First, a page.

Introduction: How to Use the M-BUS (meter Bus) to Read Smartmeters for Electricity, Gas, Oil, Heat Etc. With the Raspberry Pi

Due to rising prices for oil, gas and heat as well as climate change, it is becoming more and more important to monitor energy consumption in order to keep an eye on energy costs, but also to be able to check the effectiveness of savings. Many meters for oil and gas, but also for water, are equipped with a special bus system, the M-BUS or meter bus, for monitoring consumption values.

This instructable describes how such meters can be read out via the M-BUS interface by a Raspberry Pi.


A special interface is required to connect the Raspberry Pi to the M-BUS. The M-BUS HAT in our example uses the UART interface of the Raspberry Pi.

  • M-Bus (Meter-Bus) Master
  • powered by an external 9..30V DC voltage (36V for the MBUS will be generated internally from this voltage)
  • up to 6 unit loads can be powered
  • isolated interface
  • selectable UART via jumper (with Raspberry Pi 4 only)
  • indicator LEDs for RX and TX
  • removable block terminal for bus connection
  • stackable headers version

Step 1: Jumper Configuration

First we have to put the jumpers for the selected UART on the HAT. All older Raspberry Pi models only have the UART0. Only the Raspberry Pi 4 has up to 5 UARTs.

Step 2: UART(0) Configuration

The easiest way is to use the raspi-config tool to enable the UART to the GPIO14/15 pins.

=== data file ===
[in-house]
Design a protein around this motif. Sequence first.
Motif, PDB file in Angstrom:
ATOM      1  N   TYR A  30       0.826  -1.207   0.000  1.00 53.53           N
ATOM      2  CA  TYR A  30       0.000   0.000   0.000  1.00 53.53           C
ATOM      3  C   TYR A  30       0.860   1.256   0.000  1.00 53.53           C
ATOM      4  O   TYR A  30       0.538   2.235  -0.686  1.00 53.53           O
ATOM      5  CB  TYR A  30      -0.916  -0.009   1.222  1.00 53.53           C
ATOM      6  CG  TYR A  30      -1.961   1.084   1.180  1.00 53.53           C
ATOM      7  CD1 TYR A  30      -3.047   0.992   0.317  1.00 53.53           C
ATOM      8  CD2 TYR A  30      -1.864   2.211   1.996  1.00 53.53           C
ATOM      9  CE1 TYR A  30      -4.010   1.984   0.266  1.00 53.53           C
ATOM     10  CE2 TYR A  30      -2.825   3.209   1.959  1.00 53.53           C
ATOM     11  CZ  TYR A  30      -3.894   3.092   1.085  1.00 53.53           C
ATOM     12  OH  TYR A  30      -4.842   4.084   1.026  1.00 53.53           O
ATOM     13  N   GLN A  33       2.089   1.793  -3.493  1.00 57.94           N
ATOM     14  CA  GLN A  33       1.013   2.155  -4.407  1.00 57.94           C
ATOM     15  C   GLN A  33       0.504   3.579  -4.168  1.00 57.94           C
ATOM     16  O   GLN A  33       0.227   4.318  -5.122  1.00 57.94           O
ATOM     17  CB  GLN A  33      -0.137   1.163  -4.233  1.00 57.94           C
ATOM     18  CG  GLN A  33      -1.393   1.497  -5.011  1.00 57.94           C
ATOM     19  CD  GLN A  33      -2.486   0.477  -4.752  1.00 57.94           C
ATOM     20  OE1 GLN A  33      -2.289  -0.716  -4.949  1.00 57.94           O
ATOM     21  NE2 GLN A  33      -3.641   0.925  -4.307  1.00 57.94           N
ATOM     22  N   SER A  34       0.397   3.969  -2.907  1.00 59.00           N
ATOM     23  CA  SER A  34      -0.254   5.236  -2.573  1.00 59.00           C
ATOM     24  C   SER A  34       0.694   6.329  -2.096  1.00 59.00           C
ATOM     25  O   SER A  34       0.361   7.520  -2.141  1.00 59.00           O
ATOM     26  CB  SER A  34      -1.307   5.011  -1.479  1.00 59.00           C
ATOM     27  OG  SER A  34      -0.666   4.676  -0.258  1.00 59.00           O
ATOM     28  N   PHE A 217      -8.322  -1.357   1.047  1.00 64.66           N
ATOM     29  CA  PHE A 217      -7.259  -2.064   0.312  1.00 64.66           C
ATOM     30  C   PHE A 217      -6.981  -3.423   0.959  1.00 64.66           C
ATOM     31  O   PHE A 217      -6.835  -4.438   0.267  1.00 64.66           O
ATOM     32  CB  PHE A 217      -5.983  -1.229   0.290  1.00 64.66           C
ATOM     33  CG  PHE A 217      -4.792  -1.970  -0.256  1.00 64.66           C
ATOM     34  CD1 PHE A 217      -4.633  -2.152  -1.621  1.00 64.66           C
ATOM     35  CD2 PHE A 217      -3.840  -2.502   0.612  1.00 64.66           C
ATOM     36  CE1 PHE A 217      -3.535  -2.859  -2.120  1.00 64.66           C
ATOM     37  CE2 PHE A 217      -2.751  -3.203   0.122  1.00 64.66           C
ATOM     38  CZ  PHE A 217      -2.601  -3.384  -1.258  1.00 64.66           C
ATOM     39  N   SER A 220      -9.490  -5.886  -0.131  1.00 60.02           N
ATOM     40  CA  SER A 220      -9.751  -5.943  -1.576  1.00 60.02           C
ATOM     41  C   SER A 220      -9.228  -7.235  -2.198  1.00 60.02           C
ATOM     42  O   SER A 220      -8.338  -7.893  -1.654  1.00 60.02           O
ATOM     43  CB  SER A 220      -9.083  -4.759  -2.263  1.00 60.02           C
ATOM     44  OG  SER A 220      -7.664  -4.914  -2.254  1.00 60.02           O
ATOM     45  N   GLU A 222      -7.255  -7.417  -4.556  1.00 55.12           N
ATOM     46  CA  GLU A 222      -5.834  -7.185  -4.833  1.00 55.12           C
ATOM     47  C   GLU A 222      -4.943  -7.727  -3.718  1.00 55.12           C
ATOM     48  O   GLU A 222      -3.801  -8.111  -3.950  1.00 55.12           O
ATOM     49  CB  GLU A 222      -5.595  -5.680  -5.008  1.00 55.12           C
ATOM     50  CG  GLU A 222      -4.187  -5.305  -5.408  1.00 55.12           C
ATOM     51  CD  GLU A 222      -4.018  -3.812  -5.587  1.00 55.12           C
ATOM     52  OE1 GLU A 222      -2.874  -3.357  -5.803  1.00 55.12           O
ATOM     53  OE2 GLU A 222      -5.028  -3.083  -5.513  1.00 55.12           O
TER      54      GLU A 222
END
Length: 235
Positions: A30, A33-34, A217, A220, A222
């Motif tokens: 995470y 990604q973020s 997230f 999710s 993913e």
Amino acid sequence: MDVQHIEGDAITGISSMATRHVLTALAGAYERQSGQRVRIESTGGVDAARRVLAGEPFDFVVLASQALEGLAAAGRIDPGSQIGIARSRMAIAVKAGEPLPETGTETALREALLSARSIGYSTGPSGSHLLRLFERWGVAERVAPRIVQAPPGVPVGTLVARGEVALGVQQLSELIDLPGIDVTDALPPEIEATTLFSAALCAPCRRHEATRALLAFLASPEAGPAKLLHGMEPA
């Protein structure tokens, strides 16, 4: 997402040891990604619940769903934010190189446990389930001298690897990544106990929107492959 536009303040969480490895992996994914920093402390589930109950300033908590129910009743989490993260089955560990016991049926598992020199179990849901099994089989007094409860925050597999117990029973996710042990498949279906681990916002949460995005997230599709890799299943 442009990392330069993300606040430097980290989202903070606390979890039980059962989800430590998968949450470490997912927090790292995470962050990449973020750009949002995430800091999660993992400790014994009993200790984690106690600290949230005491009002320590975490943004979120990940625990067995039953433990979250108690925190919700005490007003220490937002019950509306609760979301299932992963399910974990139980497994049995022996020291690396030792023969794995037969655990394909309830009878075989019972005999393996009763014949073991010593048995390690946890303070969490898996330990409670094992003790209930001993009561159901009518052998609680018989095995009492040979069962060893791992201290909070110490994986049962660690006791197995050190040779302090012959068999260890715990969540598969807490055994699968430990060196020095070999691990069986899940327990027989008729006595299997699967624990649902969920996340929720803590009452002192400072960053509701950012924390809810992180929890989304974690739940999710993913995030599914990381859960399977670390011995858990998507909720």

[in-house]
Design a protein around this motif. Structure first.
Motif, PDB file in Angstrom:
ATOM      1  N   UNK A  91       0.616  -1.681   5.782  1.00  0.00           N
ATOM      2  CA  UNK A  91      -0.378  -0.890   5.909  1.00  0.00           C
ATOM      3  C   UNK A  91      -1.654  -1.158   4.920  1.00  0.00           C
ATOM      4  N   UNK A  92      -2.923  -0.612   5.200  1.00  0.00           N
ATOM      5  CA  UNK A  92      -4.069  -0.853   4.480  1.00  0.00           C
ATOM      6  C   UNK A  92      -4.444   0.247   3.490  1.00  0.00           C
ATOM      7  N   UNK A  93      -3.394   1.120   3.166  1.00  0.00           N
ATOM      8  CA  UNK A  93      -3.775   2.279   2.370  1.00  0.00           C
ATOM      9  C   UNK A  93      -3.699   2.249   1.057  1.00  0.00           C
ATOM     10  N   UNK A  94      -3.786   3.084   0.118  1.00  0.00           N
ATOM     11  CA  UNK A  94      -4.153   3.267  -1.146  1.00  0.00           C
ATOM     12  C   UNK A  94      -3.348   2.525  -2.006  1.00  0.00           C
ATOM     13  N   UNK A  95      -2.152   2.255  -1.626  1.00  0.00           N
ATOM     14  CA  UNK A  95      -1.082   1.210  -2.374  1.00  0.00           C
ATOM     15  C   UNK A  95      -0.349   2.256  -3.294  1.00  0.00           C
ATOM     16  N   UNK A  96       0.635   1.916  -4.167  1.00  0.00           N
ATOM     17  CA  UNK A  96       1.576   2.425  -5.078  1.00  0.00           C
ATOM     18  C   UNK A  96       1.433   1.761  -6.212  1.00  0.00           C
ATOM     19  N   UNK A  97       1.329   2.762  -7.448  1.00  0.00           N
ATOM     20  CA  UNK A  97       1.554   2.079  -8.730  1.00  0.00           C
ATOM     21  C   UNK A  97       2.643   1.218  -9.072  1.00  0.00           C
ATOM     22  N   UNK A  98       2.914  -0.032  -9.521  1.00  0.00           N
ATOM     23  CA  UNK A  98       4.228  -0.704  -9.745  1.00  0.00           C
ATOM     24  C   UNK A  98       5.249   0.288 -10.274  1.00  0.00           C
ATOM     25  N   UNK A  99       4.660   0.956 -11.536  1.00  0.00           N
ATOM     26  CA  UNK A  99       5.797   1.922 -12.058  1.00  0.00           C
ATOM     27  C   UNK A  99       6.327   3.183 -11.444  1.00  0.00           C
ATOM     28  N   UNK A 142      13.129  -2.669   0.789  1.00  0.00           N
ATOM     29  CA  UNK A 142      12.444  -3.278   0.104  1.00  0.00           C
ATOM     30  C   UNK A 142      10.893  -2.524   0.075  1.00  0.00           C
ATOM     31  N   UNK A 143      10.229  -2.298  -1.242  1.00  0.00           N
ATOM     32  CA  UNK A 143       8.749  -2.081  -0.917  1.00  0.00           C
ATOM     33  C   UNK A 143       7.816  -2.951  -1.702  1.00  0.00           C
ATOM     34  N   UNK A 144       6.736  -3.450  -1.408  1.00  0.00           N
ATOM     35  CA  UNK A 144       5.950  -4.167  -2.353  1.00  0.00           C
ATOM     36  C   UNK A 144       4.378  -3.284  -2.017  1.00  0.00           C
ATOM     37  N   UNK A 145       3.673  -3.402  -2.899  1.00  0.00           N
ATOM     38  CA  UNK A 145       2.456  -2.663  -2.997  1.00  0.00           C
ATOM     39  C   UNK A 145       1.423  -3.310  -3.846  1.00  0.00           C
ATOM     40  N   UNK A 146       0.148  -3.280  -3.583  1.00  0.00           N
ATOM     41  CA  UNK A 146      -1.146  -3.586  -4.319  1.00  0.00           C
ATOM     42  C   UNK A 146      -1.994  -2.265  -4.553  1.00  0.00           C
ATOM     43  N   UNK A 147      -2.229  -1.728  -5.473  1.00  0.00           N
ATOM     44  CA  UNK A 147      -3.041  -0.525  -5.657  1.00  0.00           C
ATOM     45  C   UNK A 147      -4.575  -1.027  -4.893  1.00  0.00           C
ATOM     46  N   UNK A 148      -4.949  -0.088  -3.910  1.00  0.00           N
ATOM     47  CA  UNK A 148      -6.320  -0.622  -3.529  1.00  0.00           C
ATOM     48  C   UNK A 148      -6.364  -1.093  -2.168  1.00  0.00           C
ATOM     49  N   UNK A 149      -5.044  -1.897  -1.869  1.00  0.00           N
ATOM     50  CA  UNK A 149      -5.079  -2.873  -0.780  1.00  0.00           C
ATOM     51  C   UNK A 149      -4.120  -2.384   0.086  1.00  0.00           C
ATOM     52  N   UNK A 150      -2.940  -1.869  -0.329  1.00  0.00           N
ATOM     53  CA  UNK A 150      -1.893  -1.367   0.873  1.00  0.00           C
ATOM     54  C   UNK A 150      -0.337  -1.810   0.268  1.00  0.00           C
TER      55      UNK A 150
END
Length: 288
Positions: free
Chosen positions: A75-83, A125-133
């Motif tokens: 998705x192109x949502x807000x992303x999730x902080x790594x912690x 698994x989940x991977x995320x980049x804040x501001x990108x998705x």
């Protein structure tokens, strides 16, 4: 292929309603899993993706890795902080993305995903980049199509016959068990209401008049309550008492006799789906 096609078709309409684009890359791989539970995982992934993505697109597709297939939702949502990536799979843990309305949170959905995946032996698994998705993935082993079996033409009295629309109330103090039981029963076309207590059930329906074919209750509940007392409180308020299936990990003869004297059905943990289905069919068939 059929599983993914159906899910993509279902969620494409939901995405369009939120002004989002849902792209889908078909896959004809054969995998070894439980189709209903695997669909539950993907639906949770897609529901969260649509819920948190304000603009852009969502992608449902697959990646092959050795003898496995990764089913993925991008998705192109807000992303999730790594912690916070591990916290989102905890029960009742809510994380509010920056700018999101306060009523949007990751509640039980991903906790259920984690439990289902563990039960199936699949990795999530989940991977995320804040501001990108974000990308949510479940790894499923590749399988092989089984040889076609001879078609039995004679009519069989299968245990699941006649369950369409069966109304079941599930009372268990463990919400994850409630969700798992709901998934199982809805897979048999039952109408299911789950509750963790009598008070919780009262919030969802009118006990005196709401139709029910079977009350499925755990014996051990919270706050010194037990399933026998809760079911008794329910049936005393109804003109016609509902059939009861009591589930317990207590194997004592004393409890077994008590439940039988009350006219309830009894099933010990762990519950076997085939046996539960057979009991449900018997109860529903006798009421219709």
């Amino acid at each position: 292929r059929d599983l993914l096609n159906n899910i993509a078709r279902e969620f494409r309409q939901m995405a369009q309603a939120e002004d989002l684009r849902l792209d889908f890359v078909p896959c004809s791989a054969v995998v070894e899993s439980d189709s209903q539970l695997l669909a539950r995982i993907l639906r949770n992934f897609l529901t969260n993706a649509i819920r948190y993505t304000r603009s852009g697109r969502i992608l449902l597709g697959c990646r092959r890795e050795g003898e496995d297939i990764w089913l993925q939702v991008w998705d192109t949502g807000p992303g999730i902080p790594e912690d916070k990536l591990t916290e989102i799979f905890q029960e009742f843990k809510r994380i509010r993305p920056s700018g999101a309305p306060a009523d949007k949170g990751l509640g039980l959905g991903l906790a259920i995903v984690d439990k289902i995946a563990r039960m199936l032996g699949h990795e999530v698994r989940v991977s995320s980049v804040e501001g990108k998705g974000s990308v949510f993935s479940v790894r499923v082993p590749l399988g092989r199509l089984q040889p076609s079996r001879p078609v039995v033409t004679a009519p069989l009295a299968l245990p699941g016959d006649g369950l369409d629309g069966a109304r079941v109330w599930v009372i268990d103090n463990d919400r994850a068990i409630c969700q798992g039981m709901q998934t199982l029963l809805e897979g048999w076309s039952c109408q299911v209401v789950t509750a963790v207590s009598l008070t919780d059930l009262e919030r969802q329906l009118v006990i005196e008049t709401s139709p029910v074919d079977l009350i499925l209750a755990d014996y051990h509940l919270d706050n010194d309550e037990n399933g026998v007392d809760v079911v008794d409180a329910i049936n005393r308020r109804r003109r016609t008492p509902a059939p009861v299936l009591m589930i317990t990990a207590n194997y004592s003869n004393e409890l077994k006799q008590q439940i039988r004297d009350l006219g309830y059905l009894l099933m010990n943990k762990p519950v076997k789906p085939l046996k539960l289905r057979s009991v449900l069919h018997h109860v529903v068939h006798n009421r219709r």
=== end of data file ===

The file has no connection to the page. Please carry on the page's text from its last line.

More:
Take a fresh Raspbian Bullseye image. Open the console window and enter the following commands:

sudo raspi-config

goto '3 Interfacing Options'

goto 'I6 Serial Port'

'Would you like a login shell to be accessible over serial?' --> NO

'Would you like the serial port hardware to be enabled?' --> YES

Finish raspi-config

sudo echo "dtoverlay=disable-bt" | sudo tee -a /boot/config.txt
sudo systemctl disable hciuart

reboot the Raspberry Pi

Now you can access the UART via /dev/serial0

Step 3: UART3-5 Configuration (for Raspberry Pi 4 Only)

The Raspberry Pi-4 features additional hardware UART ports. The M-BUS HAT can use the additional UARTS 3 – 5. You can enable the additional UARTs by editing the /boot/config.txt file:

sudo nano /boot/config.txt

For UART3 add the following line at the end of the file:


If you want to enable more or another UART change this line to uart4 or uart 5 or add some additional lines.

Step 4: Install Libmbus (C++) Library and Utility

Libmbus by Raditex Control is an open-source library for Linux.


sudo apt-get install -y cmake
sudo git clone
cd libmbus
sudo ./
sudo make install
cd bin
sudo ln -s /usr/local/lib/ /usr/lib/

Step 5: Using Libmbus (C++) Library and Utility

list all connected M-Bus slave devices:

./mbus-serial-scan -d -b 2400 /dev/serial0

read out the M-Bus device with address 10:

./mbus-serial-request-data -d -b 2400 /dev/serial0 10

Libmbus only handles the communication on the bus and the coding and decoding of the data. The data received must then be evaluated with a separate program.

As an alternative to libmbus, Python libraries such as pyMeterBus or Node-Red can also be used. But I will create separate tutorials for this.